Number 9: Inquiry into poverty and financial hardship

In October 2002 the Australian Senate referred, for inquiry and report, questions related to poverty and financial hardship to the Senate Community Affairs References Committee. The former Department of Family and Community Services responded to the Committee's request for submissions as part of their information gathering process. This Occasional Paper reproduces the Department's submission.

The key themes of the submission are:

  • Australia has high and rising living standards with the benefits having been shared widely across the community.
  • While some Australians continue to face disadvantage this is often the result of a number of compounding factors and the existence of multiple disadvantage.
  • Traditional approaches to poverty which tend to focus on the use of simple income measures are not adequate to identify this type of problem, nor do they provide guidance on the factors which cause it.
  • The important challenges for social policy, in addition to tackling this form of multiple disadvantage, concern improving economic participation where this is possible.
  • This focus is underpinned by the need to respond to the changing demographic landscape of Australia, with recognition that economic participation is important not just for the welfare of families and individuals while they are of working age, but in promoting greater levels of well-being in retirement.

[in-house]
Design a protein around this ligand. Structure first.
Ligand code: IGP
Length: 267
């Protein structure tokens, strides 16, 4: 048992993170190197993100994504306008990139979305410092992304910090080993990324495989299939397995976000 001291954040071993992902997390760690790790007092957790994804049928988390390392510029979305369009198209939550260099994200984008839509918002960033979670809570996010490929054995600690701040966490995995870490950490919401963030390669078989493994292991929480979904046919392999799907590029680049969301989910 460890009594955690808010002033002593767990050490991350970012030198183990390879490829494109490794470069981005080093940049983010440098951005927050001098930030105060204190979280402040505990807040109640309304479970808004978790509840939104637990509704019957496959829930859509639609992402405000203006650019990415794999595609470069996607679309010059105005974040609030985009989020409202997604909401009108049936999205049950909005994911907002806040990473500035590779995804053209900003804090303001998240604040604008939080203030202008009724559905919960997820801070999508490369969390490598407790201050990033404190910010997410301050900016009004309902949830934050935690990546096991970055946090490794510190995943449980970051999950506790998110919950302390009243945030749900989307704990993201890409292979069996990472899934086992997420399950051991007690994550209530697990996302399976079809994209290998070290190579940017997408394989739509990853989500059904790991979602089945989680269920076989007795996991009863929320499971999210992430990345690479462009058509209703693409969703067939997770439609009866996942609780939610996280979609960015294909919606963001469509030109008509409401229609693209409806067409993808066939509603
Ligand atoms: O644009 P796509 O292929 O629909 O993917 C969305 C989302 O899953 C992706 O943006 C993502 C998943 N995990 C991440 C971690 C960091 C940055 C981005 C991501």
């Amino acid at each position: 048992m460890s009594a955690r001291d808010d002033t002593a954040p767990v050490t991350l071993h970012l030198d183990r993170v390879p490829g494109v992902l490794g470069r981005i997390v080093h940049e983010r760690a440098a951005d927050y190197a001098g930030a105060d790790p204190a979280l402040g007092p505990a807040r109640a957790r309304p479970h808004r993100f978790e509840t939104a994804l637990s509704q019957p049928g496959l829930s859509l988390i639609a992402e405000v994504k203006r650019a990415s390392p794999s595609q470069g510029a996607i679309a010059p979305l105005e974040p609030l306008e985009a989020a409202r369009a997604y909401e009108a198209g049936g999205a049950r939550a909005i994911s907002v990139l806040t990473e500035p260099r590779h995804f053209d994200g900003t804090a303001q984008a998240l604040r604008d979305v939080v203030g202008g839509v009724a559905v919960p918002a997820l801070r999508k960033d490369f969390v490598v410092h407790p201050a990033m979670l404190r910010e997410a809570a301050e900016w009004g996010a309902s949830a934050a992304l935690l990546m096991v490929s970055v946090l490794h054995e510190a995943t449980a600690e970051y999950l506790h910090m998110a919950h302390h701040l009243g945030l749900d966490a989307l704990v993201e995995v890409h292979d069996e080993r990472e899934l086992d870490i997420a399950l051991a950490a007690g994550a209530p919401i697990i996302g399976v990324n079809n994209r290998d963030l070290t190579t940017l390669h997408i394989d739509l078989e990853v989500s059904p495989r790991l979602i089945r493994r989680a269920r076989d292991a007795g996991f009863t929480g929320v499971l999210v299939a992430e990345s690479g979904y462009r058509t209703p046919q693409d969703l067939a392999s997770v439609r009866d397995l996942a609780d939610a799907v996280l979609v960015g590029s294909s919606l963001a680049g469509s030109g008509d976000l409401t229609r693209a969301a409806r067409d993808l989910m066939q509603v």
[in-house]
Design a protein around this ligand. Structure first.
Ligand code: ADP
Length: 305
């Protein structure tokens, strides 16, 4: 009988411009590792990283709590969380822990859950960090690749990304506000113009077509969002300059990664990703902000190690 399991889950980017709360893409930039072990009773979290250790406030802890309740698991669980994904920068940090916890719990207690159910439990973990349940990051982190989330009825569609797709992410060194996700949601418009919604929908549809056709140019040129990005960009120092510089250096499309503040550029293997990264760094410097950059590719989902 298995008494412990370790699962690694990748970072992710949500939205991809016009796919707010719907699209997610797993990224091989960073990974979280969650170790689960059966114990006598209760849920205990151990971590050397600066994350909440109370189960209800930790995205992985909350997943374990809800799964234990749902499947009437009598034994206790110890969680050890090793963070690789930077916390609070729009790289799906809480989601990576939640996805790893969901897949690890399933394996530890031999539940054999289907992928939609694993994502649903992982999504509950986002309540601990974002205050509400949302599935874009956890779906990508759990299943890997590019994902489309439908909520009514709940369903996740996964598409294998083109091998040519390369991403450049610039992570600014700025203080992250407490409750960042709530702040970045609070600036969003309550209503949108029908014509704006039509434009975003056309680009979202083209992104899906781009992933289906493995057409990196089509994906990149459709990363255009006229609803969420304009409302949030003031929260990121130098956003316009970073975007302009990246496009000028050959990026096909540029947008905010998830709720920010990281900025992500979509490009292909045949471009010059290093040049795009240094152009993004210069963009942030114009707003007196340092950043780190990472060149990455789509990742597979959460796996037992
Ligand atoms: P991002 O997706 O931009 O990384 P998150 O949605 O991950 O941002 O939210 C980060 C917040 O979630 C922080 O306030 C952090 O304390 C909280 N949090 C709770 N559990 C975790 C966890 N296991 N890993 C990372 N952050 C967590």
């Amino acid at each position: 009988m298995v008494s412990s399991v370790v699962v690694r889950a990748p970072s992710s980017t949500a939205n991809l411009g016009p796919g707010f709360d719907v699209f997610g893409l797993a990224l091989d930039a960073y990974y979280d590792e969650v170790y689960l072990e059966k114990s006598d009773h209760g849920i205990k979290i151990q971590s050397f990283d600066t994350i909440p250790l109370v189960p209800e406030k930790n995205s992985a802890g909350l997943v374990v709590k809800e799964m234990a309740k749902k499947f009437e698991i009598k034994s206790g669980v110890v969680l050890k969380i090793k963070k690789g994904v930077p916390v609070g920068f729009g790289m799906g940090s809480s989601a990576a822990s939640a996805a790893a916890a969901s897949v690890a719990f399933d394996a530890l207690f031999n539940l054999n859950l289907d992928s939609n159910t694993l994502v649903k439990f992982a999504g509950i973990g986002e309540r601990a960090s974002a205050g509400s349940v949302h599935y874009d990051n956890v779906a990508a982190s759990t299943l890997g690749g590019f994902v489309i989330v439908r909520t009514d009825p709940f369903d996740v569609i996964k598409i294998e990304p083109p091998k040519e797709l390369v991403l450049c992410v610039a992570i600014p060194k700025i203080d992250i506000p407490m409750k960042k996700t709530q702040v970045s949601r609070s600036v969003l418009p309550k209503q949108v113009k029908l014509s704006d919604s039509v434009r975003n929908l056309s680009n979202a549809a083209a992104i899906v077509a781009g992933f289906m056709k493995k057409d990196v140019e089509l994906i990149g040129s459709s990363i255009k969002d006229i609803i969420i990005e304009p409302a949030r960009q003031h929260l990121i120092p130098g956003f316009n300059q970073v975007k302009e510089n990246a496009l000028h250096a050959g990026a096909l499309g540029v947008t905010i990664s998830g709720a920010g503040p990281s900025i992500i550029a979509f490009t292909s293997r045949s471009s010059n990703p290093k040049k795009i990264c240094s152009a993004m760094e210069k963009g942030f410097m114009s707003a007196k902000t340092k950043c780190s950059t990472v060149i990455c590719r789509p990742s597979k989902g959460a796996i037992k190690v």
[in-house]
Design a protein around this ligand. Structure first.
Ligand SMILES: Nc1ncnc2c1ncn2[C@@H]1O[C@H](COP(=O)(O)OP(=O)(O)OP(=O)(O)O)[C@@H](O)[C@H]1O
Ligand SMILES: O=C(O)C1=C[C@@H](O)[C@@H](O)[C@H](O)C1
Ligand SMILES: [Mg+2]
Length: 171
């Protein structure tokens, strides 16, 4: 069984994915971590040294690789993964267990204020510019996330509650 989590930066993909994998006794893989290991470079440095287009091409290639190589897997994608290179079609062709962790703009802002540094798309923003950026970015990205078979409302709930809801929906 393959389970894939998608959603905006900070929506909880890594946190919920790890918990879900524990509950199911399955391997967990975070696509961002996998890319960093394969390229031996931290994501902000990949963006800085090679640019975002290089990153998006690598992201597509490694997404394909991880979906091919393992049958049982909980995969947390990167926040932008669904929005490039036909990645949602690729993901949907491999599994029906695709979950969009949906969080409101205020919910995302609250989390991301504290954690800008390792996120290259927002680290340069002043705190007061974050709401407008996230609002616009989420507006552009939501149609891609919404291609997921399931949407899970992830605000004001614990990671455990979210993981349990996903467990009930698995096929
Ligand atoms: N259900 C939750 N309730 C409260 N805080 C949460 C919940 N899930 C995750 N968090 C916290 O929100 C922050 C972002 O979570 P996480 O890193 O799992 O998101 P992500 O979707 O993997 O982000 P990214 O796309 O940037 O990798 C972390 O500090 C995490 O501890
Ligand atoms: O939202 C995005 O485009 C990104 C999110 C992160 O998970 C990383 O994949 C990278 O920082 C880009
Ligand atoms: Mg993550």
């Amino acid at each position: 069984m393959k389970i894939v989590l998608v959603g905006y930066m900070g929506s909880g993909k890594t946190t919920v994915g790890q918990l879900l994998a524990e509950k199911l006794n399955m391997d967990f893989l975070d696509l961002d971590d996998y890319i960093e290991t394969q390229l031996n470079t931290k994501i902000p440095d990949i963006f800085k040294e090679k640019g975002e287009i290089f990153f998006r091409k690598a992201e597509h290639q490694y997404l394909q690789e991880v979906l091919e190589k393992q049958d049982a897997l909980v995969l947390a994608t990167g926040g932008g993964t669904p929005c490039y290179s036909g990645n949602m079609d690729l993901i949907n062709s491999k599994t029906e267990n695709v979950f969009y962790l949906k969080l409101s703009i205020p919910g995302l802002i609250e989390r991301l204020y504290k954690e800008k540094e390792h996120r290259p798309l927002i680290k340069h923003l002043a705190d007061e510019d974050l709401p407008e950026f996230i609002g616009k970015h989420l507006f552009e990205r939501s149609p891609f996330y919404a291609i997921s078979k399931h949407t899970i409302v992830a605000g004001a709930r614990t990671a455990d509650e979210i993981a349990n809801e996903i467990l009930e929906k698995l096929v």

The submission notes the extensive range of programs currently in place to provide income support and strengthen the capacity of individuals, families and communities, although it highlighted:

  • the need, previously identified, for the reform of working age payments to simplify the structures, address anomalies and strengthen the effectiveness of these payments to support participation and self-reliance;
  • a recognition that addressing the poor outcomes recorded by some Australians requires much earlier intervention, whereas current programs are inclined to respond to problems after they arise; and
  • that improving social outcomes cannot be achieved by one level of government, or by government alone, but requires individual, family, community and society-wide commitment and acceptance of responsibility.

The submission also incorporates a significant technical discussion of the issues associated with the measurement of income distribution and different approaches to poverty measurement. Emphasising the importance of moving away from some of the traditional approaches of income poverty the Department attached to its submission a copy of research which has been undertaken on hardship using financial stress indicators. This has been published by the Department as Occasional Paper 4 Hardship in Australia.

Last updated: